Emerging Therapies for Ovarian Cancer

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Emerging Therapies for Ovarian Cancer
Emerging Therapies for Ovarian Cancer

Ovarian cancer accounts for about 3% of cancers among women, but causes more deaths than any other cancer of the female reproductive system. In 2012, an estimated 22,280 new cases of ovarian cancer are expected, and an estimated 15,500 deaths will result from the disease. Because early ovarian cancer has no obvious symptoms, patients often present with disease at the distant stage, which has a five-year survival rate of 27%. This dismal survival rate highlights the need for improved treatments for ovarian cancer and the urgency of the currently emerging therapies for the disease.1

The Antiangiogenesis Agent Bevacizumab
Angiogenesis contributes to the growth and metastasis of solid tumors, and epithelial ovarian-cancer cell lines often express vascular endothelial growth factor (VEGF). When VEGF expression is decreased, tumor vascularization is reduced, and survival is prolonged. Bevacizumab is a humanized monoclonal antibody that binds all isoforms of the VEGF-receptor ligand VEGF-A and decreases tumor vascularization.2 Although bevacizumab is not FDA-approved for the treatment of ovarian cancer, studies have been done with bevacizumab in this patient population and the results have been promisingly positive.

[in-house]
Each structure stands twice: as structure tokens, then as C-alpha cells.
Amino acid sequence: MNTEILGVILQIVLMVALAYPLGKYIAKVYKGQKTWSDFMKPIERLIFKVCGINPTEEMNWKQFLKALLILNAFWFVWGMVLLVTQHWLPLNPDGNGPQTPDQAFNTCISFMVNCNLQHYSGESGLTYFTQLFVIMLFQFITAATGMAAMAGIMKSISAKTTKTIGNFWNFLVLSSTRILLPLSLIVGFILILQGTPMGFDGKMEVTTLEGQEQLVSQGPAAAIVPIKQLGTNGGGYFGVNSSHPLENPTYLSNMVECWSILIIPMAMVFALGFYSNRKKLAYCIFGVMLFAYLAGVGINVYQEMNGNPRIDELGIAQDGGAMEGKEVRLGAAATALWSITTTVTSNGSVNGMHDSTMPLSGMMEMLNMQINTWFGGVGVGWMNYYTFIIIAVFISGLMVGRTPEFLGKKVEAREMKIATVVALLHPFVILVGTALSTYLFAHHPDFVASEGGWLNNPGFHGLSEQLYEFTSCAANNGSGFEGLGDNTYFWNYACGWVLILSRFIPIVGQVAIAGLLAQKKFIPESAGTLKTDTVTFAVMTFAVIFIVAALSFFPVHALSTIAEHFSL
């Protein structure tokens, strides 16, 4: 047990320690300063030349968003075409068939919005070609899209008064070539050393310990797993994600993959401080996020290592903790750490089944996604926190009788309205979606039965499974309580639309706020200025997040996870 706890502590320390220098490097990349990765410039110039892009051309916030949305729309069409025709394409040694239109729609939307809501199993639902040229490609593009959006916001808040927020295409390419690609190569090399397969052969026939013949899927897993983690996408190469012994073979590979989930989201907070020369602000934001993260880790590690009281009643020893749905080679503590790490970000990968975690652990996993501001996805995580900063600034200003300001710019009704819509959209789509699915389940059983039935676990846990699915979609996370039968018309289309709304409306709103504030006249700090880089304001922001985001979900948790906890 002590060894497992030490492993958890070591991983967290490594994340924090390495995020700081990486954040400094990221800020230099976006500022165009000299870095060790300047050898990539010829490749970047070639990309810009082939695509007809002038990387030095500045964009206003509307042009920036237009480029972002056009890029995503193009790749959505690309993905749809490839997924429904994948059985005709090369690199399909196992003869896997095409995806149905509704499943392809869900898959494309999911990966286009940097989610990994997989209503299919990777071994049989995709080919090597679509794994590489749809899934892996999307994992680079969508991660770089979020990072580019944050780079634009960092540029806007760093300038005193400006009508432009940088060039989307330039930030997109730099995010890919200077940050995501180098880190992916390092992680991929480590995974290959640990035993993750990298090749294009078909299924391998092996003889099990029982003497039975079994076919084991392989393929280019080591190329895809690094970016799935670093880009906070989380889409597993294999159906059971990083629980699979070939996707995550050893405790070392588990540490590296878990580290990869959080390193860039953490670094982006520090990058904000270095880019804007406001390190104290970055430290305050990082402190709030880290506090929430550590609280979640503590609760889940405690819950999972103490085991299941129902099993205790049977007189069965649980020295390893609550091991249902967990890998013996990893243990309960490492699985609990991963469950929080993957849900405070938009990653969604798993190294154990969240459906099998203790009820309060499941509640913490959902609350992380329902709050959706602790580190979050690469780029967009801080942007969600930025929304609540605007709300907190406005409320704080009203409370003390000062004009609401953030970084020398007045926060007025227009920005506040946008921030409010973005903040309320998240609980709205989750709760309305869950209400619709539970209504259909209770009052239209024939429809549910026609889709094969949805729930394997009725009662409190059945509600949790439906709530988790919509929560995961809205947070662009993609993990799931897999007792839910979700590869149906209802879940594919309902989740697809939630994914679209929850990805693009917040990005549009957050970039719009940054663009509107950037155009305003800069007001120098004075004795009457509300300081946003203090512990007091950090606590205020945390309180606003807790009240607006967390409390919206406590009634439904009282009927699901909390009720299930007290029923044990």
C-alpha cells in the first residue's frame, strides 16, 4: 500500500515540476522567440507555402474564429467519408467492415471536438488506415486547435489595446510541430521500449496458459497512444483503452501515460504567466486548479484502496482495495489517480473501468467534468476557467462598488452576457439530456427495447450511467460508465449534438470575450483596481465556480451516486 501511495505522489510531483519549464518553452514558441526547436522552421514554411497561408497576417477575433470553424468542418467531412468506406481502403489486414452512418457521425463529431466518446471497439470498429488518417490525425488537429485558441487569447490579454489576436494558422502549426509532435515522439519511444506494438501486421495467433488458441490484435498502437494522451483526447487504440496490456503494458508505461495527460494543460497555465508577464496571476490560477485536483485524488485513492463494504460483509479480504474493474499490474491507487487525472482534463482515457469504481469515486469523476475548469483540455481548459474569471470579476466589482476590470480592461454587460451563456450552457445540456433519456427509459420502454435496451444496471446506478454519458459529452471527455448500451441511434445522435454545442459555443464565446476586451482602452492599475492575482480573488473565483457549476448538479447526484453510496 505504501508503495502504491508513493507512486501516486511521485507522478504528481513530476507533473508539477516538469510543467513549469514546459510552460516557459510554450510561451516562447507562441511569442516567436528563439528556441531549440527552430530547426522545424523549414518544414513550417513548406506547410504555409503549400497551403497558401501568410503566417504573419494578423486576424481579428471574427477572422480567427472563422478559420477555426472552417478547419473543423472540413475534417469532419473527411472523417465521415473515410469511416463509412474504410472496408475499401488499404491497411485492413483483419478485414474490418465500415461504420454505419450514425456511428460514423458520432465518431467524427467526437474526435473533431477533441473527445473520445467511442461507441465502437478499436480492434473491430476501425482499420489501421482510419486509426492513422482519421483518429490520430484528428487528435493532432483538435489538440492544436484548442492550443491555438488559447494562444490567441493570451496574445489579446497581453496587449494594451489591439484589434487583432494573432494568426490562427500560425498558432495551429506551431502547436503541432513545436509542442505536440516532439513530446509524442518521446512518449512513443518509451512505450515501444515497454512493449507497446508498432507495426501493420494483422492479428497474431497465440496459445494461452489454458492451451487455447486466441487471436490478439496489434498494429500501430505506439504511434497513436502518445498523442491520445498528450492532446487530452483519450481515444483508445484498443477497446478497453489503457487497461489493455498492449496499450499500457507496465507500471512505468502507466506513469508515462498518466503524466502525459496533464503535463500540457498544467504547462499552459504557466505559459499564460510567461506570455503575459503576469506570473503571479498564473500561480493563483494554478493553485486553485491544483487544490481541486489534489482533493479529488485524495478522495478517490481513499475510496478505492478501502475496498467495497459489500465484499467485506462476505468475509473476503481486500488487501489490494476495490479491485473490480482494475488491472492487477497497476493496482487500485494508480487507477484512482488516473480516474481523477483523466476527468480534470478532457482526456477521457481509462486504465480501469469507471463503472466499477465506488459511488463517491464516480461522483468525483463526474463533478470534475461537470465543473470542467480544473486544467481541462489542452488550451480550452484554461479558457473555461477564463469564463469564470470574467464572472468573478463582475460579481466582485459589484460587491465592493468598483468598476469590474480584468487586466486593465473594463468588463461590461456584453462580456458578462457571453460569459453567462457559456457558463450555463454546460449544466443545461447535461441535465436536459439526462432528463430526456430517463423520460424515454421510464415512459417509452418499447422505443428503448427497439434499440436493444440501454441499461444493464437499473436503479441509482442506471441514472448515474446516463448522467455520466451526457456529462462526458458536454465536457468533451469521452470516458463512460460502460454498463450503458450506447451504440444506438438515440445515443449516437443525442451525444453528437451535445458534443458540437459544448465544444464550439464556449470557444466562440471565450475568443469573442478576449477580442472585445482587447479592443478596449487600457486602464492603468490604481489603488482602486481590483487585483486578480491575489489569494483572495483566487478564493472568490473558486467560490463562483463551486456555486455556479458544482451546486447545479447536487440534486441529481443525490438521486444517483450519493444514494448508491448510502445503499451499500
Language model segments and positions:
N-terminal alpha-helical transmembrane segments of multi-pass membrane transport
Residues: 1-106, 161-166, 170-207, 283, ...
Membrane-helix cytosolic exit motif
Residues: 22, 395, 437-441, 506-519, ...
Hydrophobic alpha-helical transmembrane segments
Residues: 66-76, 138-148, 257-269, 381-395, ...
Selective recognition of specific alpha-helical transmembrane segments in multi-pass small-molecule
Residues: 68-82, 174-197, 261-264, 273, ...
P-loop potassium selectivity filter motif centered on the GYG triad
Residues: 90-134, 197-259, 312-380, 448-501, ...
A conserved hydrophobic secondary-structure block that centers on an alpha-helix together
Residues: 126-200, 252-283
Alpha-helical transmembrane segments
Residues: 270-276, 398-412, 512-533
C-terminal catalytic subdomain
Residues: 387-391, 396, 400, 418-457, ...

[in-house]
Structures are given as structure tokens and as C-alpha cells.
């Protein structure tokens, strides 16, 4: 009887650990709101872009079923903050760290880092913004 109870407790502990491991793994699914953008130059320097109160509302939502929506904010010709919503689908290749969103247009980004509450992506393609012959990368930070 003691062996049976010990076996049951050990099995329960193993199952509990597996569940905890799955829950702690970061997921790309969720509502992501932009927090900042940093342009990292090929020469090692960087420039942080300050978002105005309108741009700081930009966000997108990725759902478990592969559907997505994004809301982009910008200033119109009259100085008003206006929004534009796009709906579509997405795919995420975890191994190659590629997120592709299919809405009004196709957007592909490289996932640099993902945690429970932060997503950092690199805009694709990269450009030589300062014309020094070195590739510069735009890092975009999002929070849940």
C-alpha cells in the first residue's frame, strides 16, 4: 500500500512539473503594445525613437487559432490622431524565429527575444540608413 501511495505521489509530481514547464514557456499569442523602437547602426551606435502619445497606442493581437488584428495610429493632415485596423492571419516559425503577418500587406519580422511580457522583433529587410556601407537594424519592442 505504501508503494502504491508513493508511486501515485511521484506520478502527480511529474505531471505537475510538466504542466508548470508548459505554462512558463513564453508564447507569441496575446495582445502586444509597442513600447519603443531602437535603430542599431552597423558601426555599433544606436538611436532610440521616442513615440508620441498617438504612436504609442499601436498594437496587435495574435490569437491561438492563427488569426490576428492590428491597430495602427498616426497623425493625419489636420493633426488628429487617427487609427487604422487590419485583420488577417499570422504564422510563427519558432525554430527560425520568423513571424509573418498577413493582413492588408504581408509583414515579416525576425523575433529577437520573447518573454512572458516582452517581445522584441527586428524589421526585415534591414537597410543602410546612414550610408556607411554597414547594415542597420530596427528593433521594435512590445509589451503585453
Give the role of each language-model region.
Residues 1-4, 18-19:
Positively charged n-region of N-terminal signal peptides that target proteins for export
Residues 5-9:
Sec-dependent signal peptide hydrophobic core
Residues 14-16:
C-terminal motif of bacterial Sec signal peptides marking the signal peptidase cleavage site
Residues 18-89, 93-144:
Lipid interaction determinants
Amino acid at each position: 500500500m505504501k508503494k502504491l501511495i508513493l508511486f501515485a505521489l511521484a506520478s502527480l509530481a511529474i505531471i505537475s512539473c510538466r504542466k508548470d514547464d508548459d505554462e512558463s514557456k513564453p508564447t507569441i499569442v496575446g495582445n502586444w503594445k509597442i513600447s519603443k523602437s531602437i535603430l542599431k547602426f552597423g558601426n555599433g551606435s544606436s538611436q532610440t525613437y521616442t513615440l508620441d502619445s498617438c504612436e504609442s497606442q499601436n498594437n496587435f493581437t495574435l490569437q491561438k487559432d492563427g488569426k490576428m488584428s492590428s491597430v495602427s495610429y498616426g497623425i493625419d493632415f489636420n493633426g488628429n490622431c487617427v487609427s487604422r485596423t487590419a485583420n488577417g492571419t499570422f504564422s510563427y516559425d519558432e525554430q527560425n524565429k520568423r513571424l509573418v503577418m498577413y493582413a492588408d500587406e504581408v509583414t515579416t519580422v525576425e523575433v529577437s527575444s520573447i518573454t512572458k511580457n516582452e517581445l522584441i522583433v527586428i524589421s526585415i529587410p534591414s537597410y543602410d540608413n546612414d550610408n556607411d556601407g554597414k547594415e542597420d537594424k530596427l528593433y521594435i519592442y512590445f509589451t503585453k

Bevacizumab, for the treatment of ovarian cancer, was described in a Phase 3, double-blind, placebo-controlled trial recently reported by Burger and colleagues in the New England Journal of Medicine.3 When patients with newly diagnosed stage 3 (incompletely resectable) or stage 4 epithelial ovarian cancer received bevacizumab during and up to ten months after paclitaxel and carboplatin, the median progression-free survival (PFS) increased by about four months. Patients who received bevacizumab throughout all 22 cycles of their chemotherapy had a median PFS of 14.1 months, which was longer than the control group (10.3 months) who received chemotherapy with only paclitaxel and carboplatin or the bevacizumab-initiation group (11.2 months) who received bevacizumab only during cycles 2 through 6 of the 22 cycles.

Another Phase 3 trial of bevacizumab randomly assigned women with ovarian cancer to receive carboplatin and paclitaxel every three weeks for six weeks, or this regimen plus bevacizumab given concurrently every three weeks for 5 of 6 cycles and continued for 12 more cycles or until the disease progressed.2 Bevacizumab improved PFS by 2.4 months to 19.8 months (P=0.04) for all patients. In patients at high risk for disease progression, the greatest benefits seen with bevacizumab were both PFS (improved by 5.5 months to 16 months; P=0.002) and overall survival (OS; improved by 7.8 months to 36.6 months; P=0.002).

Based on the positive front-line results, the OCEANS Phase 3 trial tested bevacizumab in patients with platinum-sensitive, recurrent epithelial ovarian cancer.4 The trial enrolled 484 patients, who received chemotherapy every three weeks for 6 cycles with carboplatin plus gemcitabine with either bevacizumab or placebo every three weeks, and subsequently received maintenance with bevacizumab alone or placebo until disease progression or toxicity. The patients who received bevacizumab had a median PFS of 12.4 months, which was 4 months longer than those who received the placebo (PFS=8.4 months; P<0.0001).

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